*Taking, as one does, oneself for a yardstick – I can remember being told by the writer-in-residence instructor of a creative writing class, back in my undergrad days, that I was “wasting my talent” writing science fiction.  (Everybody else in the class was writing “coming of age in the South” stories.  My position on that was that having come of age in the South and survived the experience, I ought to be exempt from having to write – or, for that matter, to read – about it afterward.)

The Unified Doyle-Macdonald Arisia Schedule

The Arisia Science Fiction Convention is being held this coming weekend at the Westin Waterfront Hotel in Boston, and (barring unforeseen disasters) Jim Macdonald and I are planning to be there.  Our schedule for the convention:

5:30 PM Friday  (Three bells of the First Dog Watch)

Thrown with Great Force:Classics We Won’t Finish – Literature, Panel – 1hr 15min- Marina 2 (2E)
This is a panel for all of you who didn’t finish LotR; everyone who needed to self medicate through Infinite Jest, exiled Frankenstein to the frozen wastes, or wanted to flush the Foundation. What did you fail to finish, which ones do you feel guilty about not finishing, and which ones do not make you feel any twinge of guilt at all?

    Kate Nepveu (m), Mark L Amidon, Vikki Ciaffone, Debra Doyle, Catt Kingsgrave-Ernstein, Ken Liu
10:00 PM Friday  (Four bells of the First Watch)

Trains and SF/F – Fan Interest, Panel – 1hr 15min – Faneuil (3W)
Perhaps the most iconic development of the Industrial Revolution was the steam locomotive, and science fiction and fantasy has made great use of locomotives and trains throughout its history. Whether the “lightning rail” of D&D’s Eberron setting or the popularity of locomotives in steampunk, SF/F is no stranger to the love affair and sense of wonder people have for trains. Come “all aboard” with Arisia ’16, as we explore this phenomenon in the realm of fantastic fiction!

 Dennis McCunney (m), James Macdonald, Daniel Miller
10:00 AM Saturday  (Four bells of the Forenoon Watch)

The Founding Mothers of SF/F – Literature, Panel – 1hr 15min – Marina 2 (2E)
As we know, women invented all our favorite stuff! Mary Shelley defined science fiction with Frankenstein; Baroness Emma Orczy invented the superhero with The Scarlet Pimpernel. Let’s discuss the founding mothers of science fiction, fantasy, and horror.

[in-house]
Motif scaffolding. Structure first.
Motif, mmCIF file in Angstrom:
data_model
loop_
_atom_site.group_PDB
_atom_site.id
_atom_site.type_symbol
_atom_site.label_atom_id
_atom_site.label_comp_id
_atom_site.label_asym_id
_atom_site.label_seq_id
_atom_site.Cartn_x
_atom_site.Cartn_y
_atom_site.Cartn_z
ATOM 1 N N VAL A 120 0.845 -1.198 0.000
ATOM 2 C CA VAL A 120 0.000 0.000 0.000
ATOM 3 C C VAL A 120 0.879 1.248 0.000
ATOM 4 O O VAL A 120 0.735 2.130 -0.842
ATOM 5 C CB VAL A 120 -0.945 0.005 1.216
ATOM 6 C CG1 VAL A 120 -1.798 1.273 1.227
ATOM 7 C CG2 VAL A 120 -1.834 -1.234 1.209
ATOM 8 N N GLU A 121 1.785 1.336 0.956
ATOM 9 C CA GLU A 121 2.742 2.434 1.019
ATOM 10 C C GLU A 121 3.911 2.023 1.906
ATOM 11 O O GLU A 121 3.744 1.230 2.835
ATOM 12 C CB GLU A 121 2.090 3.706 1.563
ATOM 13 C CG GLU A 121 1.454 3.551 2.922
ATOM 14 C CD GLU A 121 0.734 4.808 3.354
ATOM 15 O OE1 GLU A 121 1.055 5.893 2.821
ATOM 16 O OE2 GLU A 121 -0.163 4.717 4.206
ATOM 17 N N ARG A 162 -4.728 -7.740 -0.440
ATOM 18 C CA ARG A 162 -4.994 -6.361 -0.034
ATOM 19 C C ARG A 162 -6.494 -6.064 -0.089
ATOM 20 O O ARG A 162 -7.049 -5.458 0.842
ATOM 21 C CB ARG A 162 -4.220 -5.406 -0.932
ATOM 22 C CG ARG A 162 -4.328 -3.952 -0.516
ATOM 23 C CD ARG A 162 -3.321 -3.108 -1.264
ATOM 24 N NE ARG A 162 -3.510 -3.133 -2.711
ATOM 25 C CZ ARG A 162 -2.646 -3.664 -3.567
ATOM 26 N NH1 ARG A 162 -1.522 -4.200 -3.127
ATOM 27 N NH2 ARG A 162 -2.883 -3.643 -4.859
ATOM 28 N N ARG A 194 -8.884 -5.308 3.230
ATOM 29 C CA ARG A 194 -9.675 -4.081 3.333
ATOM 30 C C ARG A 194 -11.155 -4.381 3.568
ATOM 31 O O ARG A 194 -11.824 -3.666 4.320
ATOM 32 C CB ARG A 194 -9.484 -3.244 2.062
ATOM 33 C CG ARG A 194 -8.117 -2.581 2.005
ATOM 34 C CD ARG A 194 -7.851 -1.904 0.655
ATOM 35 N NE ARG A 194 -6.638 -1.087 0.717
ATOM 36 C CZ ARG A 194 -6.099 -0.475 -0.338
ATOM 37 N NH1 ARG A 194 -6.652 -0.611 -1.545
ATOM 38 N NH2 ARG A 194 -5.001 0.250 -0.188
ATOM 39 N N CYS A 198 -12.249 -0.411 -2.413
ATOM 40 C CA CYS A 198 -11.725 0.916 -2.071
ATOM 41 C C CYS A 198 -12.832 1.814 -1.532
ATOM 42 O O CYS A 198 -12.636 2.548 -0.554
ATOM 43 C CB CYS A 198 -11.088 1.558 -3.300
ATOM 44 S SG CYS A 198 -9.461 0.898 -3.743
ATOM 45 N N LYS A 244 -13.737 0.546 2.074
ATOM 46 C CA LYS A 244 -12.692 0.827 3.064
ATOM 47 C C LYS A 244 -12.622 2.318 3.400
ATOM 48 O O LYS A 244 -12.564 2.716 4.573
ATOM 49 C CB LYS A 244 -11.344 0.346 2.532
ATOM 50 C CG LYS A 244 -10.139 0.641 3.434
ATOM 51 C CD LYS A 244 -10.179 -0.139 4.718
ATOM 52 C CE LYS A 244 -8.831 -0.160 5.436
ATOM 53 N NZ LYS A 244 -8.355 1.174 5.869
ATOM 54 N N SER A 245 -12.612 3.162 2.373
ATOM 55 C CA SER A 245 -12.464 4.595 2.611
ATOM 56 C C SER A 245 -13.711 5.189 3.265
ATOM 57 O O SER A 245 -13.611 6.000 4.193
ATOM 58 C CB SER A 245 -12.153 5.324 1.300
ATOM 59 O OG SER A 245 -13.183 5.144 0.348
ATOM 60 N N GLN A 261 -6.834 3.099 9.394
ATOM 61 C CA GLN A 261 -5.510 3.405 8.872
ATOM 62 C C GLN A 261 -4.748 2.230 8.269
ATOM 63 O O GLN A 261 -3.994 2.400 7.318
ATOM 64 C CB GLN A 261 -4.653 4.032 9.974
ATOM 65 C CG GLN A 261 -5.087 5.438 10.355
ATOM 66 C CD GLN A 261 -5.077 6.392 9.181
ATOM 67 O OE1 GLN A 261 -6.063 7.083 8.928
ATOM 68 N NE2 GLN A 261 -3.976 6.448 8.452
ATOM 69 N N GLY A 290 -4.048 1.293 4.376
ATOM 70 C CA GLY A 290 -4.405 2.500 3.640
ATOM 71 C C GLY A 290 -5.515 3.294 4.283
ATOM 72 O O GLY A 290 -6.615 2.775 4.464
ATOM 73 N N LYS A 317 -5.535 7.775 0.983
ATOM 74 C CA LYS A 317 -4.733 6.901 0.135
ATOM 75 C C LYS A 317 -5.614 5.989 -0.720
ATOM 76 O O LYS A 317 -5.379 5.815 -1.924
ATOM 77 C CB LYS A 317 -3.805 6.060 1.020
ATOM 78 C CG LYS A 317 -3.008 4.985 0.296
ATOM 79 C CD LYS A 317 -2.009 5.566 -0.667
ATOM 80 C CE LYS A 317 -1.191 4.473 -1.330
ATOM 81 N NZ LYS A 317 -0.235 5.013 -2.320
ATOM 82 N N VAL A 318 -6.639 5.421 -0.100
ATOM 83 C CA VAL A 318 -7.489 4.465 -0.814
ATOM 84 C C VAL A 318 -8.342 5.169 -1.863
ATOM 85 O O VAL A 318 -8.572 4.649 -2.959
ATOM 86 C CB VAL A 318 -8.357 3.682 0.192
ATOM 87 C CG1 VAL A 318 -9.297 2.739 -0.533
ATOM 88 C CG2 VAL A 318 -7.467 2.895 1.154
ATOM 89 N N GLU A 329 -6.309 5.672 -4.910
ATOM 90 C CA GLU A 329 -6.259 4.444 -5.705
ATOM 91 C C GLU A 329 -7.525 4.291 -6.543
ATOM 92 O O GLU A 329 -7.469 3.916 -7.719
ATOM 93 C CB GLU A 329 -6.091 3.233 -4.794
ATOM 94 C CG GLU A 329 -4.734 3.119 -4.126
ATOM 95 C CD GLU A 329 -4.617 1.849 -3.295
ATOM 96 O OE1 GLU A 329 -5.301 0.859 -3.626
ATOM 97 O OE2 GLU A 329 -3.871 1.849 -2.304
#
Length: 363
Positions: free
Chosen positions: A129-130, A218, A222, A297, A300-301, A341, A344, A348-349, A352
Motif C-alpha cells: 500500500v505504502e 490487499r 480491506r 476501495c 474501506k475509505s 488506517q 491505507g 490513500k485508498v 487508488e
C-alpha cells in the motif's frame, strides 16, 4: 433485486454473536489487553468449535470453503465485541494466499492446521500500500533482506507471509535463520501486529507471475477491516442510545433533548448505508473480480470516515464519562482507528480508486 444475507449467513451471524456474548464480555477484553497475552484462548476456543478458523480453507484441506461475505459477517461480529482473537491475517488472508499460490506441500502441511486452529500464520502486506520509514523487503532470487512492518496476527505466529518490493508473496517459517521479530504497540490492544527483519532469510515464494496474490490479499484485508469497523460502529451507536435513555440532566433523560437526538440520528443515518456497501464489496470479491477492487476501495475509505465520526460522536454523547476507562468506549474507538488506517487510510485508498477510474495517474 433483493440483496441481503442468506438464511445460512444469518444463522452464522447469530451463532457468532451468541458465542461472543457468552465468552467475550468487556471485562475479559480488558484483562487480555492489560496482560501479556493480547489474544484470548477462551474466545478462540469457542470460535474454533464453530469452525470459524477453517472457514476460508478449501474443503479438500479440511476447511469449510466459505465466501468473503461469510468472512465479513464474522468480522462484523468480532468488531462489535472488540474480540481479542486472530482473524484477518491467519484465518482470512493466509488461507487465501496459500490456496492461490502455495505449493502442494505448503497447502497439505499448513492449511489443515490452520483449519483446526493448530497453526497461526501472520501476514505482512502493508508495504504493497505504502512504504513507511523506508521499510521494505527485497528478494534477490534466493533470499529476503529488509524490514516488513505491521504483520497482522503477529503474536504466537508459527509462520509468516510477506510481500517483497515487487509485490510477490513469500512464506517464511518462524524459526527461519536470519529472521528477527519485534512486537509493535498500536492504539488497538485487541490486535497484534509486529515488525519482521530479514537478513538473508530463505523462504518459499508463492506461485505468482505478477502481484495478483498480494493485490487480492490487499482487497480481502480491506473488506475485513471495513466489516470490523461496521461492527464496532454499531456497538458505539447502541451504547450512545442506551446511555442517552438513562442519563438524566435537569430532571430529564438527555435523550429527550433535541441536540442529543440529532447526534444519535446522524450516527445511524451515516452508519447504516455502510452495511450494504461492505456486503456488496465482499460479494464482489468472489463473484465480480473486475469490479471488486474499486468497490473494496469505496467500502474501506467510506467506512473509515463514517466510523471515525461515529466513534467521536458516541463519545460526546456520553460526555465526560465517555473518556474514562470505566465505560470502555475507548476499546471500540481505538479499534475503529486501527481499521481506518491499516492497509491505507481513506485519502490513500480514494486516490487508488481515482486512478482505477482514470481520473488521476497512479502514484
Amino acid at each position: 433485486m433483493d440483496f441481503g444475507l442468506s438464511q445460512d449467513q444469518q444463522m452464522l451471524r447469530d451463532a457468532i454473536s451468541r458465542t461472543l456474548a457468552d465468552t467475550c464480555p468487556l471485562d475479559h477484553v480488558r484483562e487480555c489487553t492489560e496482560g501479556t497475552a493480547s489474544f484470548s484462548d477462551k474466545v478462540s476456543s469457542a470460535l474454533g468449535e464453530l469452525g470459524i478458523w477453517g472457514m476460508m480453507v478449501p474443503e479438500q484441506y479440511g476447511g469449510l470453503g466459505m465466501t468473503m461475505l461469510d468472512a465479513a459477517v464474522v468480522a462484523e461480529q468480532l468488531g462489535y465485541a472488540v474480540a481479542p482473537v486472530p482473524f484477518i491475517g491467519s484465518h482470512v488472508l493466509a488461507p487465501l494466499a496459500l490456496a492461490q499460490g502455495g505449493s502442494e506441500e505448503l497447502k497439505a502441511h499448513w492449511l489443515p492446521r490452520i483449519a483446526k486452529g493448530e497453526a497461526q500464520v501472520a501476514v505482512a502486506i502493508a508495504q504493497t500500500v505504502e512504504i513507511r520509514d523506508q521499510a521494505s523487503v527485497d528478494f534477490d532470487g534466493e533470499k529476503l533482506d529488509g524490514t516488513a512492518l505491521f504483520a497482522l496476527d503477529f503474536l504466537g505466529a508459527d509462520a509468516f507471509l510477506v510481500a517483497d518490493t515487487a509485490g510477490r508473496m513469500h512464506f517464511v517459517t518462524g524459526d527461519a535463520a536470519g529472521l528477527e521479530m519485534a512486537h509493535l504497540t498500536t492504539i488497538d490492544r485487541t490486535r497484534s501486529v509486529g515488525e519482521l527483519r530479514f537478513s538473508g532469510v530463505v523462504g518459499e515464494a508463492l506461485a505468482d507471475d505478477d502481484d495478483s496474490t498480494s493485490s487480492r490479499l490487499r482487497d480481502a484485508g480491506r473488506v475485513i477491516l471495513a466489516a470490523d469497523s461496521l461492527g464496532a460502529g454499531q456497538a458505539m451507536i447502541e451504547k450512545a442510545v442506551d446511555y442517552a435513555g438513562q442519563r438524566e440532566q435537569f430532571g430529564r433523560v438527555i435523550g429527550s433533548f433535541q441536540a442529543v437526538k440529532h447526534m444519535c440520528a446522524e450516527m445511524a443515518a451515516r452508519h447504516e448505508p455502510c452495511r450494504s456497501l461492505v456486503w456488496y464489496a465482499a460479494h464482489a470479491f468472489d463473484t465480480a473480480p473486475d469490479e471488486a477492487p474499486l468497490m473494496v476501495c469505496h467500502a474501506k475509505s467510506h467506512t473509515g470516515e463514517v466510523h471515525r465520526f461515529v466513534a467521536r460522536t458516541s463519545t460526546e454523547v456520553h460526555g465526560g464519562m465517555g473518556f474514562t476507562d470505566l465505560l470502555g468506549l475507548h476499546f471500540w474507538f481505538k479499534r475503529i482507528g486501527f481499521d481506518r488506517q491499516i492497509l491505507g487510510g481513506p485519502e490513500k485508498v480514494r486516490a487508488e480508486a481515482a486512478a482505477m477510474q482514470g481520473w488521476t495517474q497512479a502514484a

Catherine Lundoff (m), Debra Doyle, Greer Gilman, Victoria Janssen, JoSelleVanderhooft

10:00 AM Saturday (Four bells of the Forenoon Watch)

How to Write a Fight Scene – Literature, Panel – 1hr 15min – Grand CD (1W)
Come find out how viable your fight scene really is. An experienced panel of talented authors, martial artists, and maybe one hapless would-be victim will take your quick fight scene and act it out while our esteemed panelists help you work out the physical and literary kinks. Please no epic wave battles.

Keith R. A. DeCandido (m), Genevieve Iseult Eldredge, James Macdonald, Mark J. Millman
1:00 PM Saturday  (2 Bells of the Afternoon Watch )

Shifting the Language of SF – Literature, Panel – 1hr 15min – Marina 2 (2E)
Very few SF authors of the many who set stories in the far future ever speculate what language may sound like in following centuries and distant stars. Some formative works, like Burgess’ A Clockwork Orange and Orwell’s 1984 include this as a theme. Who else? What are the dangers of speculating vernacular? How might the language our descendants speak differ from ours? What works in SF imagine how the kids talk in the far future?

John Chu (m), Heather Albano, Debra Doyle, Greer Gilman, Lawrence M. Schoen

1:00 PM Saturday  (2 Bells of the Afternoon Watch)

Cinematic Writing and SF/F – Literature, Panel – 1hr 15min – Burroughs (3E)
SF/F literature gets a lot of its fans from other media, especially visual media like TV and film. How has it affected the writing of spec fic? Can writing be truly cinematic? What does cinematic literature look like? What techniques in SF/F point back toward more visual techniques in other media?

James Macdonald (m), Marlin May, John Scalzi, Sarah Smith, Ian Randal Strock